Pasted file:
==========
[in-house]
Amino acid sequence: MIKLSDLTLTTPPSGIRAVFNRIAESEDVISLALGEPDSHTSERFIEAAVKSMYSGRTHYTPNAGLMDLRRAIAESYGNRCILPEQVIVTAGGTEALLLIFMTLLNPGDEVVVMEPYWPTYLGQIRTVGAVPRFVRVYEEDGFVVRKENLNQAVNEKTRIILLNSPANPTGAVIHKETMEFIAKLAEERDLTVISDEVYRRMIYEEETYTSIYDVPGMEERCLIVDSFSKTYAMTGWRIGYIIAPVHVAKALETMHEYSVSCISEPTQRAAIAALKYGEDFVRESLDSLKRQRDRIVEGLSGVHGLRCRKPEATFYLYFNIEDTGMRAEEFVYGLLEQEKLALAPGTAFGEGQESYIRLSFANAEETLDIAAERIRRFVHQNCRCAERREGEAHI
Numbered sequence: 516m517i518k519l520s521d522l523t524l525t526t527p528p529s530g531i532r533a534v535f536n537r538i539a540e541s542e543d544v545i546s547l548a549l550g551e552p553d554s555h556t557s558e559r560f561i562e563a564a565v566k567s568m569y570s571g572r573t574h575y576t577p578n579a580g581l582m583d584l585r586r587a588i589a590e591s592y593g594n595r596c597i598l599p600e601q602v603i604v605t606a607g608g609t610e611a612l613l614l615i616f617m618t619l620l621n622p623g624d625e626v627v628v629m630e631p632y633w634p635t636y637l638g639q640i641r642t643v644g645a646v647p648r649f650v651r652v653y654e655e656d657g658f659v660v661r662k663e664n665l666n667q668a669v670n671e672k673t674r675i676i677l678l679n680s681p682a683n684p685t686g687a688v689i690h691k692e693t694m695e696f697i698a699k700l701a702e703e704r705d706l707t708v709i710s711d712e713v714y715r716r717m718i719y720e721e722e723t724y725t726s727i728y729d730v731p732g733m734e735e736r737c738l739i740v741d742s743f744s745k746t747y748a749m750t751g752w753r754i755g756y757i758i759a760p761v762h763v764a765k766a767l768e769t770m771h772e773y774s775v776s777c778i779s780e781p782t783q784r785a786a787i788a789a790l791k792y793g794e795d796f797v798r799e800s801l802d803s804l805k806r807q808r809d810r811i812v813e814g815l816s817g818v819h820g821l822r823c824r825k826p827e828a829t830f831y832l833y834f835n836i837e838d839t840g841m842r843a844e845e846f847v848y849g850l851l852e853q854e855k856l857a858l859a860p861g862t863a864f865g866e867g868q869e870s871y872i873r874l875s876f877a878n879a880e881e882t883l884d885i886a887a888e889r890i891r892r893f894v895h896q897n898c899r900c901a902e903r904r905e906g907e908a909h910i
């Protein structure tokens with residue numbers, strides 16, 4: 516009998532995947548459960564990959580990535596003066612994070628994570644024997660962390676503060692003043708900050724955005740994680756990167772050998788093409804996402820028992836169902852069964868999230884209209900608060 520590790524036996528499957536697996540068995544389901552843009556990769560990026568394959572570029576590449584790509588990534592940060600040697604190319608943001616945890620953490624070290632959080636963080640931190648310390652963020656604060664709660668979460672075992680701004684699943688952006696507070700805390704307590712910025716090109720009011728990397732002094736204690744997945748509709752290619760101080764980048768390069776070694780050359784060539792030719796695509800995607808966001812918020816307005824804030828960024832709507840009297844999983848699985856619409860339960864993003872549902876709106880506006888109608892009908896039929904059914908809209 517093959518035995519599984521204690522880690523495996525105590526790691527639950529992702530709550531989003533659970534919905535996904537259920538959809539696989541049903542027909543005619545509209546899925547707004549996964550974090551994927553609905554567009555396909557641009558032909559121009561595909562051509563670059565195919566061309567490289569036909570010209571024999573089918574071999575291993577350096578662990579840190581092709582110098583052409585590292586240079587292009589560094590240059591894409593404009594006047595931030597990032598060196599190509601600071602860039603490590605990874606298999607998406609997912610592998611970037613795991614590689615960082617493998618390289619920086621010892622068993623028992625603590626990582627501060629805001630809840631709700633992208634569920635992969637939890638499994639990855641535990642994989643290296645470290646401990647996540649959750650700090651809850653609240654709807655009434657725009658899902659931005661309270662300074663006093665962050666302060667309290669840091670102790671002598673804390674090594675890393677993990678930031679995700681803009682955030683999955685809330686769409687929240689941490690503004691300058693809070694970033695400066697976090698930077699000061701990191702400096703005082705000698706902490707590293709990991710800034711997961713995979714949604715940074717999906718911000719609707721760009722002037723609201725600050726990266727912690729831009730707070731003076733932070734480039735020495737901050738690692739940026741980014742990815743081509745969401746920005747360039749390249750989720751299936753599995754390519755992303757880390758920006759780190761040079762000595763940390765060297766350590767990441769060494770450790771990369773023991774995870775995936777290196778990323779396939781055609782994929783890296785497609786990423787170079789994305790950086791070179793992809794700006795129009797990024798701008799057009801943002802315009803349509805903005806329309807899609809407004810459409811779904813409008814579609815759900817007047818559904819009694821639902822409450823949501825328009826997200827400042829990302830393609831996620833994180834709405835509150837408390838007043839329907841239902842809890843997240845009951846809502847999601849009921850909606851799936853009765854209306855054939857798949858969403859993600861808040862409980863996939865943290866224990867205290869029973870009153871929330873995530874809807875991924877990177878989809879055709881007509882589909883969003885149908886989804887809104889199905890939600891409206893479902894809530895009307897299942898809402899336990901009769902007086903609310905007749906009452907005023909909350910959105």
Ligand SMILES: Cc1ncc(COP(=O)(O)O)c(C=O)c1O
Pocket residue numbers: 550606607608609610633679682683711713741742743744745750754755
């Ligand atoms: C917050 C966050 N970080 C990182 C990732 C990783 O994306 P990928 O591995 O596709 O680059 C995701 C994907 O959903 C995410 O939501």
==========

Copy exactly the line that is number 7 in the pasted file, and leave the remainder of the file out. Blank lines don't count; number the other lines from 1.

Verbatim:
């Ligand atoms: C917050 C966050 N970080 C990182 C990732 C990783 O994306 P990928 O591995 O596709 O680059 C995701 C994907 O959903 C995410 O939501």